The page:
Understanding Breast Cancer - Symptoms
Dr. Rebecca Zuurbier, M.D. and Dr. Jacqueline Eghrari - Sabet, MD discuss the symptoms of breast cancer.
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Jacqueline Eghrari-Sabet: Breast cancer is a disease we actually want to find before there are any symptoms. There are two main ways to find breast cancer and the first one is by mammography preferably, and the second one is by breast physical examination.
Mammography is used to find breast cancers before they are felt and we think that having the ability to find cancers earlier when they are smaller can actually improve your chances of surviving the disease process. Also it gives you increased number of treatment options. You don't necessarily have to have your breast removed if we can find it at a smaller stage.
So mammography is the really one proven method to decrease the number of deaths from breast cancer. Since mammography screening became available, the number of deaths from breast cancer have actually decreased by one-third. In addition, mammography doesn't cause breast cancer, it is very low dose x-rays. So, mammography is very safe. In fact since we have been using wide spread screening mammography here and in other parts of the world, the actual incidence of breast cancer has decreased slightly in addition to the death rate from breast cancer declining. So, mammography screening is an important tool.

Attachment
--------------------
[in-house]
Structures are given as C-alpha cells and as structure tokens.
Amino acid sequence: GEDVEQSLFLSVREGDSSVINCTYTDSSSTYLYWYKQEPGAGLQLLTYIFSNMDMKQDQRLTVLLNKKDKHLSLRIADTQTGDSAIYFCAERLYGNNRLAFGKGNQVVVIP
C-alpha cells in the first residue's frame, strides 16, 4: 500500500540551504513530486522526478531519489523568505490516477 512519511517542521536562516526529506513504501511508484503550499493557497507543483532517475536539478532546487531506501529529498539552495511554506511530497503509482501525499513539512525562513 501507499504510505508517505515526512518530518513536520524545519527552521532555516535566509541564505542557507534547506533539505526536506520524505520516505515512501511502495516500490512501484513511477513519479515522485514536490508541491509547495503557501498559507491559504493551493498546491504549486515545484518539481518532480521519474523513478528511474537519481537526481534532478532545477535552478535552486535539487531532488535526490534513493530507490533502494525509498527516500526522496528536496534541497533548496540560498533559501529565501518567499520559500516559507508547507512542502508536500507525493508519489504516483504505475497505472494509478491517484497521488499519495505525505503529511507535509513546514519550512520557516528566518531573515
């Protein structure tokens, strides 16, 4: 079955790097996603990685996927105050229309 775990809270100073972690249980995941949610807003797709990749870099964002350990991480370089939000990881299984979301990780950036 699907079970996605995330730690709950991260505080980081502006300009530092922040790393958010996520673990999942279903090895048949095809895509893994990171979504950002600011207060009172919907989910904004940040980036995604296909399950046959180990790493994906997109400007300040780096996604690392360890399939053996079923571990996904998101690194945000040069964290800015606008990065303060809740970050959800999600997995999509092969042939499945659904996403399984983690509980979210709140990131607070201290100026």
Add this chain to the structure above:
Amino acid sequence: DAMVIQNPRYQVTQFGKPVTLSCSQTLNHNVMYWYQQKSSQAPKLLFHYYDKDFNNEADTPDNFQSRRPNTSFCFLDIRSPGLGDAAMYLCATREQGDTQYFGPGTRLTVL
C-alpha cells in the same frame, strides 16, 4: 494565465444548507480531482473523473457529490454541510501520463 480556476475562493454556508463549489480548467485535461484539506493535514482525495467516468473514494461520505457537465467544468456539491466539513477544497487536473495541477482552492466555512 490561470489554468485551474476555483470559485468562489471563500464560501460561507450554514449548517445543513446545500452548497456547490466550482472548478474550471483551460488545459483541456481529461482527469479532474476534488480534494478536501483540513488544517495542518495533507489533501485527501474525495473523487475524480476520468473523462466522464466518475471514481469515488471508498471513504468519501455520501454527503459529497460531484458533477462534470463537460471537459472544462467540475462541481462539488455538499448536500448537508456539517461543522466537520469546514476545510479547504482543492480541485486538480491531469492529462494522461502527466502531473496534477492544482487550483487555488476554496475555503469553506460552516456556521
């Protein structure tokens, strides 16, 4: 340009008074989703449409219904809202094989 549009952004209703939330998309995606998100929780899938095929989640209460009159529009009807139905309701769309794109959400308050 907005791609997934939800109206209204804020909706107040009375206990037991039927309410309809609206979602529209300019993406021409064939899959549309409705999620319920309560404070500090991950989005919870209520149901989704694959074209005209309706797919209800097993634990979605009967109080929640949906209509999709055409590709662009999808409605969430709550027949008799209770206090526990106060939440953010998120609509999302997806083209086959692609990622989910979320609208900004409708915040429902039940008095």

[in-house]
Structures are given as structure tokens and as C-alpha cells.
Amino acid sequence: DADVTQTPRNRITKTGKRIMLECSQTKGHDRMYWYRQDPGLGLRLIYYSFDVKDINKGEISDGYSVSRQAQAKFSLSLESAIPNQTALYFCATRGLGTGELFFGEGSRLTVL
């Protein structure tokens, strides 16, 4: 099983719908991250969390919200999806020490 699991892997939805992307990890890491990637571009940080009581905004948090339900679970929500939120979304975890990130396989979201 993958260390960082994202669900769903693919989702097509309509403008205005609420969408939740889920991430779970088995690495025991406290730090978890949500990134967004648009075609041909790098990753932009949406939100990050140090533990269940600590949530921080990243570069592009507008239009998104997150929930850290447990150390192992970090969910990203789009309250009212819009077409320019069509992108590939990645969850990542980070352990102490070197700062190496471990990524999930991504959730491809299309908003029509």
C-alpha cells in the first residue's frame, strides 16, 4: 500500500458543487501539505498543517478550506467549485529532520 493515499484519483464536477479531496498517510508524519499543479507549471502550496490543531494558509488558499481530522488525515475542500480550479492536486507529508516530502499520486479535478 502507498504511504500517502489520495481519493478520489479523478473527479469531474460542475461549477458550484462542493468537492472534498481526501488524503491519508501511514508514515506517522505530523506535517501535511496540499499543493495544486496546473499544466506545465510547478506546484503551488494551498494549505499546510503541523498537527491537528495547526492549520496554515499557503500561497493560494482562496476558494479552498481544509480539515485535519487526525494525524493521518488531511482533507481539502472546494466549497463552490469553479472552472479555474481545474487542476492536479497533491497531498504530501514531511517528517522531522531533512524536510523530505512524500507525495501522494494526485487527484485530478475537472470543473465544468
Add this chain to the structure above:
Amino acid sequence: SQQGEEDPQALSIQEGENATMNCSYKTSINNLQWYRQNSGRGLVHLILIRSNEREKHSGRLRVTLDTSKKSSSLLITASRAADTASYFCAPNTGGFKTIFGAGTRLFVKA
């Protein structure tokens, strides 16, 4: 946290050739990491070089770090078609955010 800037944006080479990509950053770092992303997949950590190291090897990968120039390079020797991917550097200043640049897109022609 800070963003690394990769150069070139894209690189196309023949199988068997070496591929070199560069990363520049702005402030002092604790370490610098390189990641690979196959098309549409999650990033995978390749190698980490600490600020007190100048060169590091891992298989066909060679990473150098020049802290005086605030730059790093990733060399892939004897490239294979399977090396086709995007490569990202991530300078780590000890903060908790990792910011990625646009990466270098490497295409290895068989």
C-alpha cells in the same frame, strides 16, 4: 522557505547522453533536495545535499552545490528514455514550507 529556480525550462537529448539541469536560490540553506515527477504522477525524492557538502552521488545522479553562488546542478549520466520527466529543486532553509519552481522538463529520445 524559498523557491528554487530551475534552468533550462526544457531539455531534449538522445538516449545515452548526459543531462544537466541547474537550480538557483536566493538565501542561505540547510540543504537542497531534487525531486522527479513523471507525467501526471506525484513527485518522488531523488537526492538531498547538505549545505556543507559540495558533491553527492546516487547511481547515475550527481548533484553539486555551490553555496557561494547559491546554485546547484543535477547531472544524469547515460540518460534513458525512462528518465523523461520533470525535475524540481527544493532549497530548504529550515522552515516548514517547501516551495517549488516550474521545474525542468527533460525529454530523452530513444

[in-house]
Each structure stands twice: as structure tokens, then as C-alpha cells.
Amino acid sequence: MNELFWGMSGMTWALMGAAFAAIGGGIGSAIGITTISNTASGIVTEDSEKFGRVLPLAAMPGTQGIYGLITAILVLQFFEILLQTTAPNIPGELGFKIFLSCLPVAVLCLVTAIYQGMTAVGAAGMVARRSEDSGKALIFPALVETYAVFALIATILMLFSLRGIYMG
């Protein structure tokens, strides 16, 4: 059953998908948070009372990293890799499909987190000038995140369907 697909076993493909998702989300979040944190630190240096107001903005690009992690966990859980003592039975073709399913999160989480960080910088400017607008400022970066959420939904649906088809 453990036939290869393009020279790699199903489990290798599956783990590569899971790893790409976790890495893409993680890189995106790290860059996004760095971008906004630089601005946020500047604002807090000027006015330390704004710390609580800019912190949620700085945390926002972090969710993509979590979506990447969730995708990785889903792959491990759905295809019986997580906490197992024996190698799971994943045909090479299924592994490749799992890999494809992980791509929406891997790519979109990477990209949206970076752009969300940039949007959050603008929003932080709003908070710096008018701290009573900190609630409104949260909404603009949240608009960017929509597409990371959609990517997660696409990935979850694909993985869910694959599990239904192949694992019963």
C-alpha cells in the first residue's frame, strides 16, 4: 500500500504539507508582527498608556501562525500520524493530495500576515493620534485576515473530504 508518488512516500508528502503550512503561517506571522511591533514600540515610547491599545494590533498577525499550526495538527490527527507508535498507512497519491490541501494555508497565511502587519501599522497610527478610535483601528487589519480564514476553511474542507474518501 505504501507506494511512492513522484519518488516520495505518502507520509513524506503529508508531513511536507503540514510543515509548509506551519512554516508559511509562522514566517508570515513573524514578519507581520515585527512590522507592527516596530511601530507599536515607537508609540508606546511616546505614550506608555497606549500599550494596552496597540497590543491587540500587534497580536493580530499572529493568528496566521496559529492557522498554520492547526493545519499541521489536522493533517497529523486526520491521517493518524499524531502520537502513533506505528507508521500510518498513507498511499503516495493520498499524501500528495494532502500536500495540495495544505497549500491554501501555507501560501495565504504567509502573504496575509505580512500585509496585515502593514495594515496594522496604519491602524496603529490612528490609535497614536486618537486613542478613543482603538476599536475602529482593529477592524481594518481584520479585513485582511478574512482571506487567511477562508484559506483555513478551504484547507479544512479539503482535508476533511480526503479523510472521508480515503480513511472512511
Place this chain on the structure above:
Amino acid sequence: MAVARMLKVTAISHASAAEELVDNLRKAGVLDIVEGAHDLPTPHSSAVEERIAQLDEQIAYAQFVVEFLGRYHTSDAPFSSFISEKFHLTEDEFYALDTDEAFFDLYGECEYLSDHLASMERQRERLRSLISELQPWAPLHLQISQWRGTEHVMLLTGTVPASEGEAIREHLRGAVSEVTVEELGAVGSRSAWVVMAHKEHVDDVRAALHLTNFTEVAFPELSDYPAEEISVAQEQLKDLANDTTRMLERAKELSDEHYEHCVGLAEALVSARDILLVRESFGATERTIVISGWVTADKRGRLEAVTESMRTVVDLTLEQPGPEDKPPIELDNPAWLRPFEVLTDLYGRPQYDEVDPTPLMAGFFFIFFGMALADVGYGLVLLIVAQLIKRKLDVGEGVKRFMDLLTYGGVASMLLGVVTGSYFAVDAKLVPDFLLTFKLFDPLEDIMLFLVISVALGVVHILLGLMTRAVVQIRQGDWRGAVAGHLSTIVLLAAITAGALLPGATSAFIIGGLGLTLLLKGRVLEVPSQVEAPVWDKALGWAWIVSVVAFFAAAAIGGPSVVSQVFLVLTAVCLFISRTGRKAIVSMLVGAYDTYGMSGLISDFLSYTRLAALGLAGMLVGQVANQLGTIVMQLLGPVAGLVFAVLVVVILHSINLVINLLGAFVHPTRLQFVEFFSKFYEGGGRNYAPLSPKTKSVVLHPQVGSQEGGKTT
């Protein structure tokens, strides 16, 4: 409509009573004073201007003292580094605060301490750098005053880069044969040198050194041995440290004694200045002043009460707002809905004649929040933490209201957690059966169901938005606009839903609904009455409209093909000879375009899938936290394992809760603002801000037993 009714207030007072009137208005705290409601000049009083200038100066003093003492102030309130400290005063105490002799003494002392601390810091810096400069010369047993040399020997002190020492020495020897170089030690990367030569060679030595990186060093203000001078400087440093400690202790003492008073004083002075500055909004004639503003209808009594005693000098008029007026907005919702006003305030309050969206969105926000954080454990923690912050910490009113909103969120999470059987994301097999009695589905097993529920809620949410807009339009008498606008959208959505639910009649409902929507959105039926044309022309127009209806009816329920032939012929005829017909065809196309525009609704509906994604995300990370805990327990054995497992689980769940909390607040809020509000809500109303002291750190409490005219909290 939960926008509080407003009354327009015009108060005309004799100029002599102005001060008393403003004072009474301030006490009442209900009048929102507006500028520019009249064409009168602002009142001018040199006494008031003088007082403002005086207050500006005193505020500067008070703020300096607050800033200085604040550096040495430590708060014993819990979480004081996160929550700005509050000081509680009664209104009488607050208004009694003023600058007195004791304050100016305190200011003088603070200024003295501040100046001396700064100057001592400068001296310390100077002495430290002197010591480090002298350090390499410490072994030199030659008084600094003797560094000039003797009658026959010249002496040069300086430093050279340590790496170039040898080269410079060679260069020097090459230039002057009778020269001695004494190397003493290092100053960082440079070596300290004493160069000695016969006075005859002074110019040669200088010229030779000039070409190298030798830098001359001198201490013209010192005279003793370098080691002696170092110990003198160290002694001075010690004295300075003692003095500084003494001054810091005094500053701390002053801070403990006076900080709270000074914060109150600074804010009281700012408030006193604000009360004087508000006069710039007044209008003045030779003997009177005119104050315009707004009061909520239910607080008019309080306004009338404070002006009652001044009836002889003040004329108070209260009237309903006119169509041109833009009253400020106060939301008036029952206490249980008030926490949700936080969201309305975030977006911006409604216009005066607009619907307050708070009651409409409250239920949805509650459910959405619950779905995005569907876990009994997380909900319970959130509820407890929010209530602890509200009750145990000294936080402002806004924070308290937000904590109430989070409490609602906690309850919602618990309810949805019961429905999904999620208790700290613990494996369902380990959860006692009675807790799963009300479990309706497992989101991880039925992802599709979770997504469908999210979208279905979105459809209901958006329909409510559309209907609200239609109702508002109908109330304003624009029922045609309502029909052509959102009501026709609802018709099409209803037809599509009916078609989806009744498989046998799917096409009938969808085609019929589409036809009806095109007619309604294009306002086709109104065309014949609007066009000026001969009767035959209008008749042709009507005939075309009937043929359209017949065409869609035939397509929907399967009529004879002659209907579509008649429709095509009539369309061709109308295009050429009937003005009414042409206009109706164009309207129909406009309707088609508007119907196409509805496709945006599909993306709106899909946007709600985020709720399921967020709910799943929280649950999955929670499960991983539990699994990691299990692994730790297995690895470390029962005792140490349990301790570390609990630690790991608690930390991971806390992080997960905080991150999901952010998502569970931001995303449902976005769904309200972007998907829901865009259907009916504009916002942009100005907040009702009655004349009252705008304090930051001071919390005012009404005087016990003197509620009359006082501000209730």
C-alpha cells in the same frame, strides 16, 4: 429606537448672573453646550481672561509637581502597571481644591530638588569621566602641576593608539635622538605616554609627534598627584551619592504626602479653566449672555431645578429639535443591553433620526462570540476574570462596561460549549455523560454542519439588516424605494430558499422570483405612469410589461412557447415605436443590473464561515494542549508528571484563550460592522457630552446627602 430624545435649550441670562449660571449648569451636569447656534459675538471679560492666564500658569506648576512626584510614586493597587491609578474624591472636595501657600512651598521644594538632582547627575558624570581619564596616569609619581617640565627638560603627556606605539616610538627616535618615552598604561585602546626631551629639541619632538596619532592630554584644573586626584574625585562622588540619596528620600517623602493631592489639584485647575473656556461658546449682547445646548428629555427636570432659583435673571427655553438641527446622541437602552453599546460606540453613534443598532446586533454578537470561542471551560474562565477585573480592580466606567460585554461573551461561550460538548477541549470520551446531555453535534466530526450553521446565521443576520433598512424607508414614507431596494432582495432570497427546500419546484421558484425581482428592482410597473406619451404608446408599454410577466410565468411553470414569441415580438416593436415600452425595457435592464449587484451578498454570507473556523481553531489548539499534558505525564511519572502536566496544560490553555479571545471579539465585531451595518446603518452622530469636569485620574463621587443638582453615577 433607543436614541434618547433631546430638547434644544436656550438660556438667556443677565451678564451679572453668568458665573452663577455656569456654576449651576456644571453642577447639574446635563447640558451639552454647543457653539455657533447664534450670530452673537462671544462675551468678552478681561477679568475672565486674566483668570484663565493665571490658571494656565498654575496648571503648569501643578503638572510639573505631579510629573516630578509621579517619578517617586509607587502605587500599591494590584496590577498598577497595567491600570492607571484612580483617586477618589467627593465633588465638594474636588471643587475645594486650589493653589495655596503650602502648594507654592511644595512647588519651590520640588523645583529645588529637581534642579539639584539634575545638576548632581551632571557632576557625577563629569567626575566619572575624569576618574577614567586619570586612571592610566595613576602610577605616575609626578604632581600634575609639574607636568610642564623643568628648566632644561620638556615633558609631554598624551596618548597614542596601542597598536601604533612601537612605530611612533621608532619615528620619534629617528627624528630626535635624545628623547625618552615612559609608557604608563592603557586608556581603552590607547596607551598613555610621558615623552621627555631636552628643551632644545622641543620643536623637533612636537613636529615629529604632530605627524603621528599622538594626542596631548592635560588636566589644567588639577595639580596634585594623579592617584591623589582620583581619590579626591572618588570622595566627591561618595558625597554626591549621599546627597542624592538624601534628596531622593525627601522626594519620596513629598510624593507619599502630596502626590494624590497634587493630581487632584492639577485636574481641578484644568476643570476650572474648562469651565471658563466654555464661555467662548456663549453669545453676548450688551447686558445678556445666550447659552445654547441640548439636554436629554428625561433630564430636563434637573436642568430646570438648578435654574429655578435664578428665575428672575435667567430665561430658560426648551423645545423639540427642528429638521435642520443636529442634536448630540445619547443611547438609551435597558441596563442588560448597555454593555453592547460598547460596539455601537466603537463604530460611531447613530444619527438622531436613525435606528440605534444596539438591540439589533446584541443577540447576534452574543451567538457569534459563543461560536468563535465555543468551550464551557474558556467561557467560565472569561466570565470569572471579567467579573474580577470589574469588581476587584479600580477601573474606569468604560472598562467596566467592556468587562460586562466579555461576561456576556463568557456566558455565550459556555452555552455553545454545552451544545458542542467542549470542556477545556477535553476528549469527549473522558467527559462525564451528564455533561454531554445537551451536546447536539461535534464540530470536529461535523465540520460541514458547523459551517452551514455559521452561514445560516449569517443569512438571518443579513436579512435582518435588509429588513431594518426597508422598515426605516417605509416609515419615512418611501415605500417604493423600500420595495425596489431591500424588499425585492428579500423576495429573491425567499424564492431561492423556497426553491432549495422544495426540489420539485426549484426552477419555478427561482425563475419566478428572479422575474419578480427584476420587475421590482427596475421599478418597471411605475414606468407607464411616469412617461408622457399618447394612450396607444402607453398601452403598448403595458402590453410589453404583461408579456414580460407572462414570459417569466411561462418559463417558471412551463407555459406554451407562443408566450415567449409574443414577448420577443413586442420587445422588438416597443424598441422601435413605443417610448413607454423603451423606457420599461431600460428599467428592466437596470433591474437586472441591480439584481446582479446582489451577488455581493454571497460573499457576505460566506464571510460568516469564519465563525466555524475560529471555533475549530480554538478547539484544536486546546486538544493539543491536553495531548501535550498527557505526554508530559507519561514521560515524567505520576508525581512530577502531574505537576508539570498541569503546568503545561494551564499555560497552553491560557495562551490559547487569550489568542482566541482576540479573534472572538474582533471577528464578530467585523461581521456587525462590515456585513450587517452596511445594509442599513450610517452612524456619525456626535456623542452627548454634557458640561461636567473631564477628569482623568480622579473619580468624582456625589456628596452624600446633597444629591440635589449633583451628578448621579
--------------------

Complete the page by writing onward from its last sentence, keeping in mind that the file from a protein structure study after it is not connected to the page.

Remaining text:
Mammography, as some may already know, uses low dose x-rays and general compression of the breast to produce images on either a piece of film called film-screen mammography or more currently it actually puts it on a computer and that's called digital mammography. And what we are looking for are two things, micro-calcifications which look like small specks of salts on a mammogram or masses or we call them tumors or masses and they can be benign or malignant. We may further evaluate those with other imaging tests if those are found. So that's a breast imaging for screening when you don't have any sign of disease. Another important tool is regular physical examination by your health care professional. Now, just like mammography that should be an annual process beginning at age 40. What your health care professional is looking for are any changes in your breast. They may find a lump that they didn't recognized before, knowing that breast are generally lumpy structure, they are looking for something new or different than the other lumps in the breast. Also, they are looking for any area of thickening. It may not feel as doughy on one side as on the other and that increased thickening on one side or one area may be a sign of concern. They are looking for any changes in the skin, any dimpling. The nipple may show signs of inversion or pulling in. There may be a new rash on the nipple that's unexplained. So, those can be areas of concern. Your health care provider can also be looking in the armpit for any lumps as well. As fas as breast self examination, the American Cancer Society has stepped back from their rigid recommendation of monthly breast self-examination. It tended to produce a number of false alarms and didn't necessarily seem to contribute any decrease in number of deaths from breast cancer or improved detection rates. This is not to say that you should ignore your breast or any new findings in your breast. In fact, if you do detect a new lump, or a new thickening, or any change in your nipple, you should report it to your health care provider as soon as possible. The most important thing about breast cancer is to try and find it as early as possible. Your best bet is by annual routine screening mammography.